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Common Wholesale Pricing Formulas

written by: Mary White•edited by: Ginny Edwards•updated: 7/12/2010

In every business, it is important for every entrepreneur to properly determine the price of his product, whether it is in wholesale or in retail. Here are some wholesale pricing formulas that could be helpful in determining how much a businessman can charge his customers.

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    Wholesale Pricing Formula

    Morguefile.com / by cohdra To arrive at a wholesale pricing formula, there is first a need to compute the break even price of the product. This is the total amount of the per production cost. This can be done by summing up all the expenses incurred in the manufacturing process which include the cost of raw materials, labor expenses and overhead costs. Then the total expenses should be divided by the total number of manufactured products.

    Formula in determining break even price:

    cost of raw materials + labor cost + overhead expenses divided by the number of output products

    Example:

    $10 (materials) + $10 (labor) + $10 (overhead) divided by 5 (output)

    = $6 (break even price)

    Once the break even price has been determined, it will be easy now to calculate the wholesale price of the product through different formulas.

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    Profit-Based Formula

    In the profit-based formula, the wholesale price can be computed by adding all the manufacturing costs plus the desired profit. It is the most common approach since the entrepreneur would have already made a decision as to how much he wanted to earn from his venture.

    Example:

    $10 (materials) + $10 (labor) + $10 (overhead) + $10 (desired profit) divided by 5 (output) = $8 (wholesale price)

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    Competitor-Based Formula

    It is also ideal to look into the competitor's price in setting the right price with product pricing formulas. If the price of an entrepreneur is way higher than his competitors, chances are he will lose his customers who prefer much cheaper products. Some entrepreneurs compute the wholesale pricing formula by doubling the break even price and subtracting an amount equal to a certain percentage that is within the competitor's price.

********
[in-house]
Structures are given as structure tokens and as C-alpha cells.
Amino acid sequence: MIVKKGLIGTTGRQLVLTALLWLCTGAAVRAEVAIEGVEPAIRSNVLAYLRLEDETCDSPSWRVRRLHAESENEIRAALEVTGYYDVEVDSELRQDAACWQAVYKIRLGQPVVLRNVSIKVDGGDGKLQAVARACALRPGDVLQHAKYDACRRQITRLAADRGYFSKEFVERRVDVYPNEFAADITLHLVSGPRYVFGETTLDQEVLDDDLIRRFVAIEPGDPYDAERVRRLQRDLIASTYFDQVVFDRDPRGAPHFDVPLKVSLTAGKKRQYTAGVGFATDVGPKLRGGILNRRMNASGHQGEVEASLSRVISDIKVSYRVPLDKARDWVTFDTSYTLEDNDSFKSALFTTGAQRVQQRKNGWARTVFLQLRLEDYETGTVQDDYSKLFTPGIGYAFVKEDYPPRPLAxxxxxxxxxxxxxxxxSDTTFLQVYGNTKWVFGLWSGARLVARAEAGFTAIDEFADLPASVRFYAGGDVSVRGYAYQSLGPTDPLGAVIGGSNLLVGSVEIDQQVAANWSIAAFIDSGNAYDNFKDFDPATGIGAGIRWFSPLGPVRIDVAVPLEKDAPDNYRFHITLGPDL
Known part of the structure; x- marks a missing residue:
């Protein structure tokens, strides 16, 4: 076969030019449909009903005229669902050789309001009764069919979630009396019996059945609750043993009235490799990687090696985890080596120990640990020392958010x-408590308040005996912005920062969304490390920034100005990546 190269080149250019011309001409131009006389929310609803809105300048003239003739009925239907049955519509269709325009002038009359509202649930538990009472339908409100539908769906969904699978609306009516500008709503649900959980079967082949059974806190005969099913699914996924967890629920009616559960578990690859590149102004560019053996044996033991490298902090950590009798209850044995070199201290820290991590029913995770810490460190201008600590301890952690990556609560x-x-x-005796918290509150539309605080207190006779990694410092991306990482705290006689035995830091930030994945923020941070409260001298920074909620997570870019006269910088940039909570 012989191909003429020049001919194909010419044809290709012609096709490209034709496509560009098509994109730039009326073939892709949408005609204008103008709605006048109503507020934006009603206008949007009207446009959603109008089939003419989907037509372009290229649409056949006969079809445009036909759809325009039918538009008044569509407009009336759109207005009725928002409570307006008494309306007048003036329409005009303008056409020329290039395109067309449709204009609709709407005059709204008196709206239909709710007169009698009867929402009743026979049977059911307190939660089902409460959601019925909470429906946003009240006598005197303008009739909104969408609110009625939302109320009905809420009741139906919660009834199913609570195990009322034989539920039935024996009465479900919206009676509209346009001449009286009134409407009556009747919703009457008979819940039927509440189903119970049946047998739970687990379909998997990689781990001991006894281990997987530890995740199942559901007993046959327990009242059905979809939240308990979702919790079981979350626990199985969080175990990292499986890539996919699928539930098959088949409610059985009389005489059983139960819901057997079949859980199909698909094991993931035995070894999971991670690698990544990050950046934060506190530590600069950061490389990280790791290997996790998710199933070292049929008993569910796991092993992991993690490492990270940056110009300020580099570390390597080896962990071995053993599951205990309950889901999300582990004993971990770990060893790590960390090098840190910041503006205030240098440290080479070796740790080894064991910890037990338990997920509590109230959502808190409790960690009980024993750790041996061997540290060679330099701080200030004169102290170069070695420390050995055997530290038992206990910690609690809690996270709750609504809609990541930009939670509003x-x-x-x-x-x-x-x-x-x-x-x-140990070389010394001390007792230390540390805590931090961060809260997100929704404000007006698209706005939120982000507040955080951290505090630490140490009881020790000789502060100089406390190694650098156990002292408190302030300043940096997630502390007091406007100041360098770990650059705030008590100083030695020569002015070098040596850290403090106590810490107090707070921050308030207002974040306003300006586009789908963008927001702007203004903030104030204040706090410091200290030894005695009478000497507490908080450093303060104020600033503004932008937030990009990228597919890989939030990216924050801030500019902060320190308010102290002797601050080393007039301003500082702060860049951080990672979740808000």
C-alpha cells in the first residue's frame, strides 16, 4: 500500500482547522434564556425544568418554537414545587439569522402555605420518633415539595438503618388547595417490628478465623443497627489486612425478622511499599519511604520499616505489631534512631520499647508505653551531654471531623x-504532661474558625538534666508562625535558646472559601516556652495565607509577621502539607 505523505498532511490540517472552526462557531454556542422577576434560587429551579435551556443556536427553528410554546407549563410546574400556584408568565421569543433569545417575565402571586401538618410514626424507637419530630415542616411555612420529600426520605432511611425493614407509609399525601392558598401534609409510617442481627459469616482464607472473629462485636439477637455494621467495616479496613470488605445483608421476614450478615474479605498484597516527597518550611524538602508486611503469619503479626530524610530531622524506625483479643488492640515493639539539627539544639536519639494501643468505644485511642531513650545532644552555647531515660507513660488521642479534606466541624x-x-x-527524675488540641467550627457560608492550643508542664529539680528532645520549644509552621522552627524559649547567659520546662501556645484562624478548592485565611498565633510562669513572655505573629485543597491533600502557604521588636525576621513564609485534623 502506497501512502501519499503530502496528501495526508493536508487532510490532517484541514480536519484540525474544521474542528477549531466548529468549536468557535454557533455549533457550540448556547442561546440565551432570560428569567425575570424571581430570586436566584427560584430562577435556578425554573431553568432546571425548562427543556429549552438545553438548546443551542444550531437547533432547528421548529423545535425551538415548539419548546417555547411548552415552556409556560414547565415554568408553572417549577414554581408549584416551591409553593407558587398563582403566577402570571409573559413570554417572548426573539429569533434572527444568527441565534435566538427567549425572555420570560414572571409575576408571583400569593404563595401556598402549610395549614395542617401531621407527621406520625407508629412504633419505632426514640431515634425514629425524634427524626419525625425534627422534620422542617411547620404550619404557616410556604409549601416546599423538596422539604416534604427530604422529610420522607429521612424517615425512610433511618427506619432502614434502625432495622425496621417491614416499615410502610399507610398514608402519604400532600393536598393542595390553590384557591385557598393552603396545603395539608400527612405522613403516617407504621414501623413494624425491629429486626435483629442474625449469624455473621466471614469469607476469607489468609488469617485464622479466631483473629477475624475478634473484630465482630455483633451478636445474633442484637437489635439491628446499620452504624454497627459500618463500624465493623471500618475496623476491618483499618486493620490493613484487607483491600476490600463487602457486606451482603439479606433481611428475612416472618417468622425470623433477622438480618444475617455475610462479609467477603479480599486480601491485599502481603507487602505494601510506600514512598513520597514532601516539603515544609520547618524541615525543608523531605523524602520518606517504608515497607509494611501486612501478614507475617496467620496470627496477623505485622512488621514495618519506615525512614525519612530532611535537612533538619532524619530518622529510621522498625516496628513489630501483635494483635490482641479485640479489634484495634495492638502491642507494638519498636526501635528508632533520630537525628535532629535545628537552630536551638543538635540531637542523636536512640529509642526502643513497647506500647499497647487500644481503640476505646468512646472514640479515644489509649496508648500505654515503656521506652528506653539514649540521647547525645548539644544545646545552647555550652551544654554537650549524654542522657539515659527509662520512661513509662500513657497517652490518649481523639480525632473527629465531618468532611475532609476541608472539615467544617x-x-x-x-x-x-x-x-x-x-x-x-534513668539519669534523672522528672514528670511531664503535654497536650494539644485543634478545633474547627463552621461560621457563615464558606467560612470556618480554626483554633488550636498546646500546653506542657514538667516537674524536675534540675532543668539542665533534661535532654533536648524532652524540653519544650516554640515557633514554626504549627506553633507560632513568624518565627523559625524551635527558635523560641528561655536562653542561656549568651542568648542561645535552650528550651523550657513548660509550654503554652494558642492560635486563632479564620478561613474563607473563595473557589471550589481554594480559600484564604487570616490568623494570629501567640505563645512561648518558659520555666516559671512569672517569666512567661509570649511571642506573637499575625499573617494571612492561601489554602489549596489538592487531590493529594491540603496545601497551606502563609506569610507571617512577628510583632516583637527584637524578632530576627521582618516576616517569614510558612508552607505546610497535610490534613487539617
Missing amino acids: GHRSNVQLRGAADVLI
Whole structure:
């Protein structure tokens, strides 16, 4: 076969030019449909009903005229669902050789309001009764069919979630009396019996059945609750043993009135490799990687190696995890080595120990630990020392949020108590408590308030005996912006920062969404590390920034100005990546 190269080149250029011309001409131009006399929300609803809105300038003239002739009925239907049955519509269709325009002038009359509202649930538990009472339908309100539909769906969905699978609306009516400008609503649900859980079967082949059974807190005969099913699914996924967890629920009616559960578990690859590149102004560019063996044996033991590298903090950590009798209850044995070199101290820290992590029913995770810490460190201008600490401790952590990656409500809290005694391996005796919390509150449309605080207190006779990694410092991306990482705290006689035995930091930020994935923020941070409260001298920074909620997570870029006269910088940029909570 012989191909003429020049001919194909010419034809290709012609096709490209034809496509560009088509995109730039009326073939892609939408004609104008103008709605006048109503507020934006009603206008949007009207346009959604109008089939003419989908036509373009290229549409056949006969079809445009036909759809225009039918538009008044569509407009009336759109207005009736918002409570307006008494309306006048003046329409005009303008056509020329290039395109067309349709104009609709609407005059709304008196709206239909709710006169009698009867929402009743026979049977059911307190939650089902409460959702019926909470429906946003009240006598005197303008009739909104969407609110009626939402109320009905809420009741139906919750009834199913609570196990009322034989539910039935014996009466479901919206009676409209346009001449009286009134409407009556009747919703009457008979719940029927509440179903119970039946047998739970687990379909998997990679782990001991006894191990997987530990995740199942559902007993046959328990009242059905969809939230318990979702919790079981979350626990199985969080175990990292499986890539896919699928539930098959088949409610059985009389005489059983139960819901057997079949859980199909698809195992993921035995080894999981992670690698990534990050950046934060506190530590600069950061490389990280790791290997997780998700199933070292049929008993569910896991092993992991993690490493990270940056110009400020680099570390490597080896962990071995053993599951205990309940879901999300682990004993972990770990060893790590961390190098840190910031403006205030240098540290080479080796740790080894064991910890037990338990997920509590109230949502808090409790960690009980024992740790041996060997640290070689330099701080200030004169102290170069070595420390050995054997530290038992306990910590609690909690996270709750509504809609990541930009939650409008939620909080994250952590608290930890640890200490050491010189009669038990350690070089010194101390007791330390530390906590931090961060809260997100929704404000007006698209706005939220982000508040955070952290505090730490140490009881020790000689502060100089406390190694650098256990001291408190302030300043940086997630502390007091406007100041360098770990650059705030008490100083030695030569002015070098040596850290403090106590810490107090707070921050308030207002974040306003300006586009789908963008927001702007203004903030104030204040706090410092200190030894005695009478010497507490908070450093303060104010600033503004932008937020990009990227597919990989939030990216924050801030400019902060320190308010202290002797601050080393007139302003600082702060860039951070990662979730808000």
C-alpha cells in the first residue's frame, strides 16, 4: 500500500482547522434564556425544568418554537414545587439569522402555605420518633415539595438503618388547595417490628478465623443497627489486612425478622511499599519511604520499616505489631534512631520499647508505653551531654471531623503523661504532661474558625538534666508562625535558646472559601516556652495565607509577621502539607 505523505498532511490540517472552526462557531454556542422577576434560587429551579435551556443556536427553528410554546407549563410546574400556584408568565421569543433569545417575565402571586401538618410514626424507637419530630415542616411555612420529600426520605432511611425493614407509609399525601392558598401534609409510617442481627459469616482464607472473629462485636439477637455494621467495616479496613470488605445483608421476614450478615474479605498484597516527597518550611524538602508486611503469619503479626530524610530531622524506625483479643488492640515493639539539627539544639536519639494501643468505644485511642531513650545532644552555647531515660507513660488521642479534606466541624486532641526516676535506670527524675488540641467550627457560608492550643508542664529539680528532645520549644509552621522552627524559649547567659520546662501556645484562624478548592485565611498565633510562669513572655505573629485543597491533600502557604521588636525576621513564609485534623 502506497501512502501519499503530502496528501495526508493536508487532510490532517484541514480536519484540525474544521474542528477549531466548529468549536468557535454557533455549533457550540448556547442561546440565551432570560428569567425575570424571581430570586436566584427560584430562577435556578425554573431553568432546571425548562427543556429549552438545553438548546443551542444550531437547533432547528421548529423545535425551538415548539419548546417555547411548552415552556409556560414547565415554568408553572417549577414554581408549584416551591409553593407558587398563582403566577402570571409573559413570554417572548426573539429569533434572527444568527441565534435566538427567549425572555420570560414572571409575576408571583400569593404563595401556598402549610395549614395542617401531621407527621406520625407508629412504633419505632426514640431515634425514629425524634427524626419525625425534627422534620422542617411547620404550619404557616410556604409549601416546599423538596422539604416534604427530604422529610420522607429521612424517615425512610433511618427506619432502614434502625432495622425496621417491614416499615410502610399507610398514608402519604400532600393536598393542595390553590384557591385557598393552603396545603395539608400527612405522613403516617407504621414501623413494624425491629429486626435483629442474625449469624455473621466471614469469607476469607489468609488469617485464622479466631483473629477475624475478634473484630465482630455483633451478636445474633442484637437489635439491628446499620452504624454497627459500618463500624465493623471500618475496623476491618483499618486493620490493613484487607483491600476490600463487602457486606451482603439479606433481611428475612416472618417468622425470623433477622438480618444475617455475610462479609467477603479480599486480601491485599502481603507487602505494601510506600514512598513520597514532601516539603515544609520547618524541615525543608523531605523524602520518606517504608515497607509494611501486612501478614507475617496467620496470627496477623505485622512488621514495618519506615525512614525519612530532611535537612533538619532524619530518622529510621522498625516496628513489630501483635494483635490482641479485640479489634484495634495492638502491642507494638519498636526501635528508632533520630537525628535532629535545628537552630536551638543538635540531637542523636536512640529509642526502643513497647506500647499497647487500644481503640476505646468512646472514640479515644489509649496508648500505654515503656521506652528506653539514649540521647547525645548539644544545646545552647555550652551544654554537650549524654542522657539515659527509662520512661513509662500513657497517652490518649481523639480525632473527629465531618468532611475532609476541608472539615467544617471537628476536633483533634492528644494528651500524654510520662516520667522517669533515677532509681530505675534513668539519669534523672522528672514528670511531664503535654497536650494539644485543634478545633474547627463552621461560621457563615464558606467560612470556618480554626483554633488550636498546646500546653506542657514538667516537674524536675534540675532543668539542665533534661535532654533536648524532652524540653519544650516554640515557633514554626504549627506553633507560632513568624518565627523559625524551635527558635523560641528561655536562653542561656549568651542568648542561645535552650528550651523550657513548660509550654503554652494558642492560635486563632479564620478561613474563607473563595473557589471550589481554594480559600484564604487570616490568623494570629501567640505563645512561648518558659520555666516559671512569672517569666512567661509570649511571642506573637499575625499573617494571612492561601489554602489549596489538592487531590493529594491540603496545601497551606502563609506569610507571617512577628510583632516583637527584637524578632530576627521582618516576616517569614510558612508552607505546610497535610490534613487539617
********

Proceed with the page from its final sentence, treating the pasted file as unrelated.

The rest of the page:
Formula:

    break even price X 2 minus the ideal profit margin that is within your competitor's price = wholesale price

    Example:

    $6 (break even price) X 2 = $12 ; $12 minus $3 (25% of $12)

    = $9 (wholesale price)

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    Retail-Based Pricing Formula

    Another way of determining the wholesale price is by conducting research on the average cost of the product when it comes to retail pricing. Some businessmen calculate the retail price through this method:

    materials + labor + overhead + profit X 2 = retail price

    Example:

    $10 + $10 + $10 + ($10 X 2) = $50

    Given the example, if the prevailing retail price is $50 and the break even price is $6, it means that the retailers are charging their customers more than eight times than the product's original amount. Theoretically, it is possible to charge retailers or set the wholesale price between $9 or $10. But it also depends on competitors' prices. It is important to never go beyond the market trend or set the price higher than the competing businesses. After all, if the product's quality is the same with the competitors, customers will usually go for the lowest wholesale price. So if you want to keep the customer's interest, set a price lower than your competitors.

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    References

    Methods to Price Your Products. (n.d.). Agriculture and Rural Development: Ropin' The Web. Retrieved July 12, 2010, from http://www1.agric.gov.ab.ca/$department/deptdocs.nsf/all/agdex1133

    Pricing, CDFS-1326-95. Ohioline. Retrieved July 12, 2010, from http://ohioline.osu.edu/cd-fact/1326.html






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